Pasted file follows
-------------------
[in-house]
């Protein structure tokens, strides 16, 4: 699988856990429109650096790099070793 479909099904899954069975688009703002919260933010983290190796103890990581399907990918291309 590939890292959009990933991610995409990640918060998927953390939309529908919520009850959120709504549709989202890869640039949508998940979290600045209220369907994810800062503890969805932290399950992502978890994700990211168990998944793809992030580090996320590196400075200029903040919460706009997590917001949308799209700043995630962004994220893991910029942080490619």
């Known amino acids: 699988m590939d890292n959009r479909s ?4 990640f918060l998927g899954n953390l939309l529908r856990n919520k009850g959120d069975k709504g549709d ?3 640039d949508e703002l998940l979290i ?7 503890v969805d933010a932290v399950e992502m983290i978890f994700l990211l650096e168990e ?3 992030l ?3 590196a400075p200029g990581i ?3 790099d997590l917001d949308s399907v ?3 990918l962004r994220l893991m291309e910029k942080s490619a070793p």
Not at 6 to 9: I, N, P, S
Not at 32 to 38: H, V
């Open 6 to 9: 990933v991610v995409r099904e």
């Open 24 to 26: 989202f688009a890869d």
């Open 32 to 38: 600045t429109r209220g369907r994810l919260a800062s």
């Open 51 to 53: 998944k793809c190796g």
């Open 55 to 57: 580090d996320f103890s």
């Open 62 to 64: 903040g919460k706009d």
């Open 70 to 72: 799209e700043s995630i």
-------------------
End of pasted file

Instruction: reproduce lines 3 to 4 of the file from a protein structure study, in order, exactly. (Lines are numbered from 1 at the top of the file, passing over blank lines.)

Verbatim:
């Known amino acids: 699988m590939d890292n959009r479909s ?4 990640f918060l998927g899954n953390l939309l529908r856990n919520k009850g959120d069975k709504g549709d ?3 640039d949508e703002l998940l979290i ?7 503890v969805d933010a932290v399950e992502m983290i978890f994700l990211l650096e168990e ?3 992030l ?3 590196a400075p200029g990581i ?3 790099d997590l917001d949308s399907v ?3 990918l962004r994220l893991m291309e910029k942080s490619a070793p």
Not at 6 to 9: I, N, P, S